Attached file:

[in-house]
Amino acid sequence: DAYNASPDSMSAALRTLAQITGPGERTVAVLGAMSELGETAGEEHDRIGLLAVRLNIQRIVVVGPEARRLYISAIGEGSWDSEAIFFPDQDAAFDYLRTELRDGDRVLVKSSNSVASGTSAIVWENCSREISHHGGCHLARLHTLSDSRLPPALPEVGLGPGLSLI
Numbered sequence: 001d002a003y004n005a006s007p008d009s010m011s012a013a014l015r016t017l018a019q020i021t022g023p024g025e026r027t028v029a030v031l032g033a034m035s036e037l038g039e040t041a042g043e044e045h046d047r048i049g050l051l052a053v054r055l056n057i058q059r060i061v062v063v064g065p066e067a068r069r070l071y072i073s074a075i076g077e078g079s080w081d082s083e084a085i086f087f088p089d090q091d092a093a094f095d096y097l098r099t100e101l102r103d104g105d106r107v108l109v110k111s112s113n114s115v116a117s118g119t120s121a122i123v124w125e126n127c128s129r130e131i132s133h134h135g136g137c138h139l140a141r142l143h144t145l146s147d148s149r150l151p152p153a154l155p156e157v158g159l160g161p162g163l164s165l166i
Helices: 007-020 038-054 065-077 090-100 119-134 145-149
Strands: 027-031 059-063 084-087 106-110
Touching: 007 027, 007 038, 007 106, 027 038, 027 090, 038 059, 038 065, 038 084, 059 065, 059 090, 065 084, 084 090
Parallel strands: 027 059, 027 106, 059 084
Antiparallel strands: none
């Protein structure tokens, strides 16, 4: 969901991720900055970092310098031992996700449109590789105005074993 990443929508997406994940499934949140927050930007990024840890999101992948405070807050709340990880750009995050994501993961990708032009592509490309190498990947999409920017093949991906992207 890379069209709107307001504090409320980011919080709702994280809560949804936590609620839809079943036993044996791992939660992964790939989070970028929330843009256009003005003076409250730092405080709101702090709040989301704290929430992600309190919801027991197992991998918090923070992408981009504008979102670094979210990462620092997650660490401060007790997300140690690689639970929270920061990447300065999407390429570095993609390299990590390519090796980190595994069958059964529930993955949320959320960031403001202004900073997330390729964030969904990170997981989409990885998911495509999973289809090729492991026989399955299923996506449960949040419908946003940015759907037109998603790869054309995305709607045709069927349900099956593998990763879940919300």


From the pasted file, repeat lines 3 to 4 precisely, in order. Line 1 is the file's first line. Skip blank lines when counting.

Numbered sequence: 001d002a003y004n005a006s007p008d009s010m011s012a013a014l015r016t017l018a019q020i021t022g023p024g025e026r027t028v029a030v031l032g033a034m035s036e037l038g039e040t041a042g043e044e045h046d047r048i049g050l051l052a053v054r055l056n057i058q059r060i061v062v063v064g065p066e067a068r069r070l071y072i073s074a075i076g077e078g079s080w081d082s083e084a085i086f087f088p089d090q091d092a093a094f095d096y097l098r099t100e101l102r103d104g105d106r107v108l109v110k111s112s113n114s115v116a117s118g119t120s121a122i123v124w125e126n127c128s129r130e131i132s133h134h135g136g137c138h139l140a141r142l143h144t145l146s147d148s149r150l151p152p153a154l155p156e157v158g159l160g161p162g163l164s165l166i
Helices: 007-020 038-054 065-077 090-100 119-134 145-149